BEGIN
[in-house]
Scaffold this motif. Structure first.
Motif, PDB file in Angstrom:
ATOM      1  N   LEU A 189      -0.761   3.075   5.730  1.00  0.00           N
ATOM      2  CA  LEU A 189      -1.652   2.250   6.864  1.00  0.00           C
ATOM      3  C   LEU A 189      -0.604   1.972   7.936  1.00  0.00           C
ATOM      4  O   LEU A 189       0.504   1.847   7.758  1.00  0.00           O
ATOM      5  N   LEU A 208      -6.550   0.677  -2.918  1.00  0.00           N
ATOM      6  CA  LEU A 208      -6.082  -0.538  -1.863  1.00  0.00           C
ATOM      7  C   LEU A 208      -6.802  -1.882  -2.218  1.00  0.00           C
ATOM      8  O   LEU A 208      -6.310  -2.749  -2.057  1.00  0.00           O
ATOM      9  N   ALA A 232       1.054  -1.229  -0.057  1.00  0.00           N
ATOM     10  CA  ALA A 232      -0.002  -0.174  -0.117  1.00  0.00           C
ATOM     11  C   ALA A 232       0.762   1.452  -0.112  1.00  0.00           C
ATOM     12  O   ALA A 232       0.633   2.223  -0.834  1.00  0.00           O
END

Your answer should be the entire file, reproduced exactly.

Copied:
[in-house]
Scaffold this motif. Structure first.
Motif, PDB file in Angstrom:
ATOM      1  N   LEU A 189      -0.761   3.075   5.730  1.00  0.00           N
ATOM      2  CA  LEU A 189      -1.652   2.250   6.864  1.00  0.00           C
ATOM      3  C   LEU A 189      -0.604   1.972   7.936  1.00  0.00           C
ATOM      4  O   LEU A 189       0.504   1.847   7.758  1.00  0.00           O
ATOM      5  N   LEU A 208      -6.550   0.677  -2.918  1.00  0.00           N
ATOM      6  CA  LEU A 208      -6.082  -0.538  -1.863  1.00  0.00           C
ATOM      7  C   LEU A 208      -6.802  -1.882  -2.218  1.00  0.00           C
ATOM      8  O   LEU A 208      -6.310  -2.749  -2.057  1.00  0.00           O
ATOM      9  N   ALA A 232       1.054  -1.229  -0.057  1.00  0.00           N
ATOM     10  CA  ALA A 232      -0.002  -0.174  -0.117  1.00  0.00           C
ATOM     11  C   ALA A 232       0.762   1.452  -0.112  1.00  0.00           C
ATOM     12  O   ALA A 232       0.633   2.223  -0.834  1.00  0.00           O